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Twist Collective Blog

Designer Process: Osage

Carol FellerCarol Feller is a frequent contributor to Twist Collective; she is the designer behind Corona, Corcovado, and Parcel, just to name a few. Her contribution to our latest issue is the lovely Osage; a tailored jacket with a dramatic neckline and large button closure. In the following entry, she shares her design process for this lovely garment; you can also find this post on Carol's blog.




This week I’m excited to have a new design in the Fall 2012 Twist Collective.  It’s always such an honor to be included in their magazine, it’s so well produced and they take so much care with all the little details.

The design I did for this issue is Osage which is a tailored jacket.  You can also find it on Ravelry here.


Osage in Twist


This jacket has been in my imagination for a long time, I drew the curve of the front edge and collar in a notebook a few years ago.  I knew the shape I wanted but didn’t yet know how to design the shape exactly the way I wanted.  The whole design grew out of that front curve.  This happens to me a lot with design, I won’t have a complete design plan in my head but I will have a basic shape or feel and the rest of the design just falls in place around it.


Button closure


That curve and collar felt elegant, with a retro feel, so I wanted it to be tailored with a clean shape.  The yarn we used was Briggs & Little Heritage.  This is a real ‘woolly’ wool with a firm dense texture, combining this with a moss stitch pattern created a firm, flat, uncurling fabric that could be moulded to the curves I needed.

Due to the style I wanted for this jacket I opted to knit it in pieces.  Anyone who knows my work will know that this is pretty unusual for me :-)  It really did fit with the tailored style though, as firm seams would help it hold it’s shape.  I think that it also makes each of the individual curves easier to work as you’re only working on one or two shaping elements at one time.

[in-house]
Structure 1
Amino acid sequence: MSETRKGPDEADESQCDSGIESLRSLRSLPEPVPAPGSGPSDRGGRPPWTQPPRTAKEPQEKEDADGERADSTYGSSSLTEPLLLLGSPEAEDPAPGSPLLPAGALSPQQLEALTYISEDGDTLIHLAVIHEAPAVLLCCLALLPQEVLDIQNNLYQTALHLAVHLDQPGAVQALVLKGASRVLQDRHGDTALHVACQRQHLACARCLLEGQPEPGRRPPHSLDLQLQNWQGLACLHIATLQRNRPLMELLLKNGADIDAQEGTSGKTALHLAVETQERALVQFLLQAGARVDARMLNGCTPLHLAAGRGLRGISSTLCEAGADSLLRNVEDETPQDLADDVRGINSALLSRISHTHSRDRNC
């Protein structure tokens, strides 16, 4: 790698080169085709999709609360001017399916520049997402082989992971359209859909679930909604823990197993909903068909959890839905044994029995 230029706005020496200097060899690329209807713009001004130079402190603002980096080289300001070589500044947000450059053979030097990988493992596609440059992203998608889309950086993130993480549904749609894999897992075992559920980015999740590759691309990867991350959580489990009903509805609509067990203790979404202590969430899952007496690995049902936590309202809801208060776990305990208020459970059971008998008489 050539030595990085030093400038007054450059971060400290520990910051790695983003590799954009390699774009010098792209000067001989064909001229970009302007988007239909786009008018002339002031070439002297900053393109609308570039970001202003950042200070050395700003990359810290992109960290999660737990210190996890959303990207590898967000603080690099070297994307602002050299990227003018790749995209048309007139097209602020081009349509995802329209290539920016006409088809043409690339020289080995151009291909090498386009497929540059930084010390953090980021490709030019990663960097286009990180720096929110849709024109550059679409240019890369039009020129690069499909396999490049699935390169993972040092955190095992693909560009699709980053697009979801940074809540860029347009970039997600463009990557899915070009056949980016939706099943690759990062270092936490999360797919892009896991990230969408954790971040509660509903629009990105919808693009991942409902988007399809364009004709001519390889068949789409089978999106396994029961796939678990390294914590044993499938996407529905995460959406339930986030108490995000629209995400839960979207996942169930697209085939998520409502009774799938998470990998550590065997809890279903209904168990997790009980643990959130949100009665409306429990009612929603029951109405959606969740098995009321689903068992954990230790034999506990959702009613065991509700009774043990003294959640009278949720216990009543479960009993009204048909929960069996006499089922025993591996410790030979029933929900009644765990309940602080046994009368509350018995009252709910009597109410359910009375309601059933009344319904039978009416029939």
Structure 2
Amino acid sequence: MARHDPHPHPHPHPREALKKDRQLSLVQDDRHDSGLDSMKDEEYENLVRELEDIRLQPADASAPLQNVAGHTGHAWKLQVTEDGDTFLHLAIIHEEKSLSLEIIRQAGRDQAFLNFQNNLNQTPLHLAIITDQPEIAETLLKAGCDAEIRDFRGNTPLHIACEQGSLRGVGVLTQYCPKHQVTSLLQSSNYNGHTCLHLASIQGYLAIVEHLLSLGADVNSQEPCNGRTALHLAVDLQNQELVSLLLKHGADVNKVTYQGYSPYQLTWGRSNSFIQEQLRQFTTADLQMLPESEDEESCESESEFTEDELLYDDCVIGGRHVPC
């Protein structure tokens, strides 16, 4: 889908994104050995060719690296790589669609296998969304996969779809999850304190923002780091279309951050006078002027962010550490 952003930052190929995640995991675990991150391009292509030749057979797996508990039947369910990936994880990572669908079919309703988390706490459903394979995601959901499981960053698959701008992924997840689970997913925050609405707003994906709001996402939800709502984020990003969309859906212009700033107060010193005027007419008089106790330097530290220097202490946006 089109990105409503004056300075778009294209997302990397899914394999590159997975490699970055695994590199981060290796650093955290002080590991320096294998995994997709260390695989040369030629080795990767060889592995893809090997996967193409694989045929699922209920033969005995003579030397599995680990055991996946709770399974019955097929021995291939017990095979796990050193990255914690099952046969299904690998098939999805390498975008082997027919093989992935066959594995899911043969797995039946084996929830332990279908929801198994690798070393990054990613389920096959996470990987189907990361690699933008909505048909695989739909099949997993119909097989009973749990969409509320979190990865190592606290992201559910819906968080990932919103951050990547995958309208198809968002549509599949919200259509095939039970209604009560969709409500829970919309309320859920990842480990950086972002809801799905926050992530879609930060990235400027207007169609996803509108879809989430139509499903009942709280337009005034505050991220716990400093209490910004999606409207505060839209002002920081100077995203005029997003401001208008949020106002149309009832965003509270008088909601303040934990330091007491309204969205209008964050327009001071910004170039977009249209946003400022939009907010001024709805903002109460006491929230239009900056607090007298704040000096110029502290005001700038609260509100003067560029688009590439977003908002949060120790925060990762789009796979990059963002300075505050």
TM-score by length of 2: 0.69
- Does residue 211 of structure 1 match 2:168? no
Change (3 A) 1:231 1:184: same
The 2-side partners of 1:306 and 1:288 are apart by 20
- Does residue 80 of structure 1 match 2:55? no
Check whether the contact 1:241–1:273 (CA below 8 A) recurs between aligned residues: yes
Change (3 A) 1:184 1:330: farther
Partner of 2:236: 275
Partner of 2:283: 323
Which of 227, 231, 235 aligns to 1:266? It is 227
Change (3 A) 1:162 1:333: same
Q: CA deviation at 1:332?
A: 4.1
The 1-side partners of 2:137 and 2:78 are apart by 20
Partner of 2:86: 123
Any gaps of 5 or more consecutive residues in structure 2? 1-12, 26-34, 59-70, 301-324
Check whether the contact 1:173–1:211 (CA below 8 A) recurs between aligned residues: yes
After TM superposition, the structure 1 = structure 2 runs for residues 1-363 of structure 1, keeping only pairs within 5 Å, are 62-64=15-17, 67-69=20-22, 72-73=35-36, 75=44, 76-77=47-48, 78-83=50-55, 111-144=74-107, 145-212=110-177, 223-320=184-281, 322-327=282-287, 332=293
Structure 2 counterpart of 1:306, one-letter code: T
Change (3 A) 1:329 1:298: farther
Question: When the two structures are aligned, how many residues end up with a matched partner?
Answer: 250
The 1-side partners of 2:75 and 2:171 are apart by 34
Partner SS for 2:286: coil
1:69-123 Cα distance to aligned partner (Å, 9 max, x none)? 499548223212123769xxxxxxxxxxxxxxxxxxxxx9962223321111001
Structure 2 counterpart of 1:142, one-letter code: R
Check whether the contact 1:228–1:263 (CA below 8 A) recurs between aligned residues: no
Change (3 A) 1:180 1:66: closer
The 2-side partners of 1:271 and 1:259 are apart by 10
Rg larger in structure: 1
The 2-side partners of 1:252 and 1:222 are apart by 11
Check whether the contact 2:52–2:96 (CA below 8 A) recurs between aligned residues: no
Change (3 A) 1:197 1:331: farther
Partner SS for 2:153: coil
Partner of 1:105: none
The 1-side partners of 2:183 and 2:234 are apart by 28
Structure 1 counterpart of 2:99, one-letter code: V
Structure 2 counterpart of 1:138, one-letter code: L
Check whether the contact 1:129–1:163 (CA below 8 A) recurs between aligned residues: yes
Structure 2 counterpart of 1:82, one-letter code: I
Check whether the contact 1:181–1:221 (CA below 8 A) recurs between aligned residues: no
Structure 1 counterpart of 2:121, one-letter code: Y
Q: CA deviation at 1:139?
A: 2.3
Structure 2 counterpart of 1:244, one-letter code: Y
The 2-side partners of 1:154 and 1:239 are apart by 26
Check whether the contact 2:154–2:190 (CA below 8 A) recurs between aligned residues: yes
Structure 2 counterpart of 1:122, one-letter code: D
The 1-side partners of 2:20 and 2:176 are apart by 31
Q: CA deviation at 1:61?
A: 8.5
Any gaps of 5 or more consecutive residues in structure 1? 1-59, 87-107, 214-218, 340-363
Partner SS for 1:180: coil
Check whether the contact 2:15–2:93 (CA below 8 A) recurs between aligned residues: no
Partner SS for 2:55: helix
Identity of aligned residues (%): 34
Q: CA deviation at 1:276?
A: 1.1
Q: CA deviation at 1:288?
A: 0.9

Carol Feller wearing her Osage


To preserve the clean lines of the front I wanted it to just fasten with one giant button which would be the central decorative element.  This is a great way to use up that one large special button you’ve got in your stash!  However you do need more than a single fastening to close the front of a jacket so the other snaps or hooks (your preference) are hidden at the top inside.  You could of course also add a second button hole and button if you wished – just because I like a single button look doesn’t mean you will!  So go knit your own tailored Fall jacket and add your own personal twist.


Front view


Twist Style Fridays: Capriccio

Every Friday we feature one of the garments from the magazine in a post about styling. We suggest different ways to wear the garment in question using mock-ups from Polyvore. We encourage readers to tell us what they think about these outfits via our Facebook page or Twitter, and if folks want to make their own outfits, please tweet them at us with the hashtag #twiststyle. You can find all of the Style Friday posts here.



Extra-happy Friday everyone; a new issue means so many more patterns to play with on fashion day! I hope you've had a chance to take a slow flip through the magazine and pick some faves. I'm here, as usual, to show you new contexts for these garments. First up for the Polyvore treatment is Capriccio, Robin Melanson's lace-panelled, textured-cowl pullover. I'm loving this sweater. Something about the architectual details on the sleeve and the strong lines on the lace panel. It's exactly the thing to pull on after a day at the beach, when the stars are coming out and your hair is still kind of wet. But that is just one dreamy Capriccio-wearing scenario! I have so many more to present you with.

Here it is as you've seen it already-


Capriccio